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Home » BMW Motorcycle, motorcycle

BMW K1200R Sport 2007

Submitted by on March 29, 2012 – 11:30 pmNo Comment

Fonz observes, almost as if he has firsthand experience.

Unfortunately, the motor becomes buzzy starting around 4,500 rpm and comes on fully over 6,000. After a ride that stitched a series of canyons and freeways together, my hands and feet were tingling. Nearly as bothersome as the vibes is an annoying dip in the power that starts around 6,000 rpm and lasts somewhere near to 7,200 rpm. During my ride when I would concentrate on a sharp, decreasing radius bend more than what the tach was doing, the flat spot in acceleration was severe enough to break my thought process. “Oh yeah, there’s that flat spot again,” I would lament.

After I acquiesced to that motor quirk, I spent the remainder of my eval time on handling and braking. If it isn’t obvious by the numbers for the wheelbase, let me make it clear that the Sport isn’t a slicer and dicer. What it is, though, is an incredibly stable motorcycle in high-speed sweepers. Even when running up against the redline and into less-than-legal speeds, there was little in the road that could unsettle the chassis. It’s as planted in turns as Robert Byrd is in the U.S. Senate. The K12’s steering geometry of 29.4 degrees of rake and 112mm of trail clearly indicate that stability was a greater goal for BMW than flickability.

“In the city the steering is slightly heavy,” Fonz admits, “but it is forgotten after a few miles. On the interstate, the solid and smooth comfort of the hyper-standard really comes out.”

Although the unconventional Hossack-type front end doesn’t allow for superbike front-end feedback, I certainly didn’t notice the lack of feel that so many others have often spoken of. There was a degree of vagueness over rough sections of pavement where an uneven surface may have caused the front to search for traction, but I never felt uneasy. After all, that’s the nature of that suspension system; to isolate much of the harshness of the tarmac from the rider.

Lucky for us, our model had the optional (and by now, well-known) ESA or Electronic Suspension Adjustment system. With the push of a button, the rider can set the springy bits to accommodate for one rider or two, with or without luggage. Beyond that there are three primary modes that provide different front rebound damping, rear preload, rear compression damping and rear rebound damping settings. When you factor in the passenger and luggage choices, the ESA provides nine different set-ups. That should cover just about every scenario you can think of. It costs a hefty $800 but is indispensable if you’ve got the dough.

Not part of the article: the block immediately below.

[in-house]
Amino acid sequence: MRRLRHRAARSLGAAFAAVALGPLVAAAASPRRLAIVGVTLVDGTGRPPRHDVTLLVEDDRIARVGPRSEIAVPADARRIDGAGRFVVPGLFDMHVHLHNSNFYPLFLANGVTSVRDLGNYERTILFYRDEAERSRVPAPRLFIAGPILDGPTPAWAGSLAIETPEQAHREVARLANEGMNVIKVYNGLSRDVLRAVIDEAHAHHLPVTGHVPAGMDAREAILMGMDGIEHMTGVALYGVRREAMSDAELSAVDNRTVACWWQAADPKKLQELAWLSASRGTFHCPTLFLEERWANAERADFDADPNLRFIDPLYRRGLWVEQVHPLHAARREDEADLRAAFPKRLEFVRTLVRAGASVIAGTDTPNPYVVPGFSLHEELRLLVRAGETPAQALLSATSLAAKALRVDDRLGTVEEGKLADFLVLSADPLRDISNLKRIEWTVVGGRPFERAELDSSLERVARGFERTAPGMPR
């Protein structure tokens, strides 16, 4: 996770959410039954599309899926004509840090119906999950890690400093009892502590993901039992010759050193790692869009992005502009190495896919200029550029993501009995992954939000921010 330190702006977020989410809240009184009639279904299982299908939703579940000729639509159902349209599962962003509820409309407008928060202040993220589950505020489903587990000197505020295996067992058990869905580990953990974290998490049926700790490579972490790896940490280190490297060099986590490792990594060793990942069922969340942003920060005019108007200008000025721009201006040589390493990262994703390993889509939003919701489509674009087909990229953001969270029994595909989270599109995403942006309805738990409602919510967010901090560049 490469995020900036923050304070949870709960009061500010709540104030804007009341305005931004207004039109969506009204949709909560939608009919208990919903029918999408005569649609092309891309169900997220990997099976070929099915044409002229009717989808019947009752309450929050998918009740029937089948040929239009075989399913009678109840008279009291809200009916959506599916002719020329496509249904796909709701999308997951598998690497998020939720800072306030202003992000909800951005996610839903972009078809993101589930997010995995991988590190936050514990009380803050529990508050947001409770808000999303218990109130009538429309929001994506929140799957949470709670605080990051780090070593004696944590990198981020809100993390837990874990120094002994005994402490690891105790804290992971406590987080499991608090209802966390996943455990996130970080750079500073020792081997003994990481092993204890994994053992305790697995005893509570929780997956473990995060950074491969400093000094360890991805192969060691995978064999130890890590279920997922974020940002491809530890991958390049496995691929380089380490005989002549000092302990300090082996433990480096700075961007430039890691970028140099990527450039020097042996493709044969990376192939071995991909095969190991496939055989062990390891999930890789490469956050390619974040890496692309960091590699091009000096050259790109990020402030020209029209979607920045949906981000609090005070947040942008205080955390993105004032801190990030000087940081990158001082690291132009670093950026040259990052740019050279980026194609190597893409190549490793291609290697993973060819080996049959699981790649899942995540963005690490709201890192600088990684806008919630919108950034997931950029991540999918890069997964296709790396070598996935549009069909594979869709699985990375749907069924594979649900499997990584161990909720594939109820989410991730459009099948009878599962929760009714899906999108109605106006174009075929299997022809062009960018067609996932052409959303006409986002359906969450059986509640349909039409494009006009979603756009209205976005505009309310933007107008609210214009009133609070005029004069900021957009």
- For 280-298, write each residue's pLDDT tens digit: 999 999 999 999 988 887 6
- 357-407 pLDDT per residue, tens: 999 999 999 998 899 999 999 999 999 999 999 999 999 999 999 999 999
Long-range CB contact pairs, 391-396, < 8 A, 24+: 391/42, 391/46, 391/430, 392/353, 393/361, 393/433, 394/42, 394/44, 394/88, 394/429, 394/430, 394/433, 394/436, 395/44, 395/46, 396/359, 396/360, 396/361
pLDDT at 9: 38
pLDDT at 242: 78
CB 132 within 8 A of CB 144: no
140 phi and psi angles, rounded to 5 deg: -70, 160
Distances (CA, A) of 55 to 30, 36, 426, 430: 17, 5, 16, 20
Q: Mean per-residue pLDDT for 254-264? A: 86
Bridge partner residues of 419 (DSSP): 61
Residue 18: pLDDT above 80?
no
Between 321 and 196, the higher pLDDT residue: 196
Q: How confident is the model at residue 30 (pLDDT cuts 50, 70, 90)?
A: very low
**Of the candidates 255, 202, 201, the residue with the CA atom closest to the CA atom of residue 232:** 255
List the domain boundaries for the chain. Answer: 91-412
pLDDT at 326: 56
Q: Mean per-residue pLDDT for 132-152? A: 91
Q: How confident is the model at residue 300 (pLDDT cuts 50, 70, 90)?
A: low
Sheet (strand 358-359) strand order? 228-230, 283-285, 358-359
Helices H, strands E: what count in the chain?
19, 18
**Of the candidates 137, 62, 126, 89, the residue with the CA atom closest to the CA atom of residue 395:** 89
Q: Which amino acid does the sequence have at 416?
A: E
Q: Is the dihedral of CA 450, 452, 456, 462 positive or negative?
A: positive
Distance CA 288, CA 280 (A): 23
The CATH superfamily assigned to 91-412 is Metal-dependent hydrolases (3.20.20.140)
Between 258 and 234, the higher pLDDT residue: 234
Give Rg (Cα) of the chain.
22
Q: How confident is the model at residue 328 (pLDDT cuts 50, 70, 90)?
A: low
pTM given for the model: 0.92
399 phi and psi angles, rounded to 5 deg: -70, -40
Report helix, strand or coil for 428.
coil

I implied above that the BMW ABS system is somewhat legendary in its ability to haul the bike to a stop. Unfortunately, it lacks feel and there is a very minute delay from first application of the lever to when the calipers squeeze down. When they do, you’ll know it! It seems as if all at once you’ve applied more than 70% of the available stopping power for just a second or two even though you may not have intended to. Where this is particularly troublesome is in trying to modulate the brakes and throttle while in a series of tight twists. The ABS option ain’t cheap, at $1040, but BMW estimates 85% of the Sports will be ordered with the safety device.

Transitioning from closed to open throttle can be annoying thanks to yet another delay. There’s just the slightest hesitation in fueling when the twistgrip is first, well, twisted. Combine the aggressive braking at the on-set with the closed to open throttle delay, and a very smooth and controlled hand is required to keep mid-corner maneuvers from becoming jerky. (Surgeons can afford it –Ed.)

otomaps.com source article: www.netcarshow.com www.motorcycle.com www.roushperformance.com

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